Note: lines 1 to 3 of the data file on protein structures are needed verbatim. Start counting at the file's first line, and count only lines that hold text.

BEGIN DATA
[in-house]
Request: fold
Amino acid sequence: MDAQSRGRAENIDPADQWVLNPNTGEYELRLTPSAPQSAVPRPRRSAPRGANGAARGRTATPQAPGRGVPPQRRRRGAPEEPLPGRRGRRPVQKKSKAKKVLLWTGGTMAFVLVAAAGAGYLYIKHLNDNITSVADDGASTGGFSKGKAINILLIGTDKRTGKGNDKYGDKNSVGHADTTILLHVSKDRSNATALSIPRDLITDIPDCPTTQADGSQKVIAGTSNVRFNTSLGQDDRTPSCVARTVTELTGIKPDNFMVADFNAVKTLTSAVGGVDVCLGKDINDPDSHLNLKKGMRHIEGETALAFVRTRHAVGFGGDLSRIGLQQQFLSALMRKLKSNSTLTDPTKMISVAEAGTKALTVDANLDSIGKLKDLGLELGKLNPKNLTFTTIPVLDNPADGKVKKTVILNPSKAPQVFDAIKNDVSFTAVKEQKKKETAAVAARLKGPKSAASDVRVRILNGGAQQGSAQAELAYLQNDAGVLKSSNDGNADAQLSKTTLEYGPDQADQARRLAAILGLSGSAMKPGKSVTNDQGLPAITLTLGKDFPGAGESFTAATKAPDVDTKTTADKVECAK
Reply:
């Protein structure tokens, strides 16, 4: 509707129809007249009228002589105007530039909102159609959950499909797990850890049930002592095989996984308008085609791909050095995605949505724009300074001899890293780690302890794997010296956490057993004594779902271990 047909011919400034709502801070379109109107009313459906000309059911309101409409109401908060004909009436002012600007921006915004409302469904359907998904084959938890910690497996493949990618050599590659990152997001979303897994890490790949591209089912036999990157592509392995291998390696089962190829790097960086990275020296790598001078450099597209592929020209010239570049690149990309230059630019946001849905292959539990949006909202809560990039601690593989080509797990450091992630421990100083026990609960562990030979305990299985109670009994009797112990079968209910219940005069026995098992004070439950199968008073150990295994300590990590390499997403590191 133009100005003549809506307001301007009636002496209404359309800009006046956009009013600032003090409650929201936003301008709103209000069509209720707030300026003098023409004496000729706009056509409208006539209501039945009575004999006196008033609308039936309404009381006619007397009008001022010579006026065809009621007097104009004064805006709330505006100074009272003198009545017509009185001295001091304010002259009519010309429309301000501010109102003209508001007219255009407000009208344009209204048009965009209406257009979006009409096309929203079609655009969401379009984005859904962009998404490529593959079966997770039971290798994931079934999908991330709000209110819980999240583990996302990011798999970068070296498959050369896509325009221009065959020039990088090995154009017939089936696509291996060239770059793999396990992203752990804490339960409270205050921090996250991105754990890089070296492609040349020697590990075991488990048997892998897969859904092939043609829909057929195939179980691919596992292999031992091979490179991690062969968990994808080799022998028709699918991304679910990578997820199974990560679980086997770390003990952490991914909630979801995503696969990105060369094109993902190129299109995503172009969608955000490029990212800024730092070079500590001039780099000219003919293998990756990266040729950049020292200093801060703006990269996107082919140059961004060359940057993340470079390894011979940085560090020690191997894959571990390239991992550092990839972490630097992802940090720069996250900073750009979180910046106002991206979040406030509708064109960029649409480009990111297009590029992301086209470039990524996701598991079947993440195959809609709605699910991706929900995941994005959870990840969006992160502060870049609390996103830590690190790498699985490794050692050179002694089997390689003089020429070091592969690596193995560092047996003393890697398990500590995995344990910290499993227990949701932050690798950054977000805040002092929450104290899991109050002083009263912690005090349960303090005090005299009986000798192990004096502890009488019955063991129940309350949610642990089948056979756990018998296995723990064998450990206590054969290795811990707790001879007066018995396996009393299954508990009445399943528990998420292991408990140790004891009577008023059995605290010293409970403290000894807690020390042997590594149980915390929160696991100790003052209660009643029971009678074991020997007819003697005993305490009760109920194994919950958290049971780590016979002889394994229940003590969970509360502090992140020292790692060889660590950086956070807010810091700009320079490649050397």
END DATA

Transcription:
[in-house]
Request: fold
Amino acid sequence: MDAQSRGRAENIDPADQWVLNPNTGEYELRLTPSAPQSAVPRPRRSAPRGANGAARGRTATPQAPGRGVPPQRRRRGAPEEPLPGRRGRRPVQKKSKAKKVLLWTGGTMAFVLVAAAGAGYLYIKHLNDNITSVADDGASTGGFSKGKAINILLIGTDKRTGKGNDKYGDKNSVGHADTTILLHVSKDRSNATALSIPRDLITDIPDCPTTQADGSQKVIAGTSNVRFNTSLGQDDRTPSCVARTVTELTGIKPDNFMVADFNAVKTLTSAVGGVDVCLGKDINDPDSHLNLKKGMRHIEGETALAFVRTRHAVGFGGDLSRIGLQQQFLSALMRKLKSNSTLTDPTKMISVAEAGTKALTVDANLDSIGKLKDLGLELGKLNPKNLTFTTIPVLDNPADGKVKKTVILNPSKAPQVFDAIKNDVSFTAVKEQKKKETAAVAARLKGPKSAASDVRVRILNGGAQQGSAQAELAYLQNDAGVLKSSNDGNADAQLSKTTLEYGPDQADQARRLAAILGLSGSAMKPGKSVTNDQGLPAITLTLGKDFPGAGESFTAATKAPDVDTKTTADKVECAK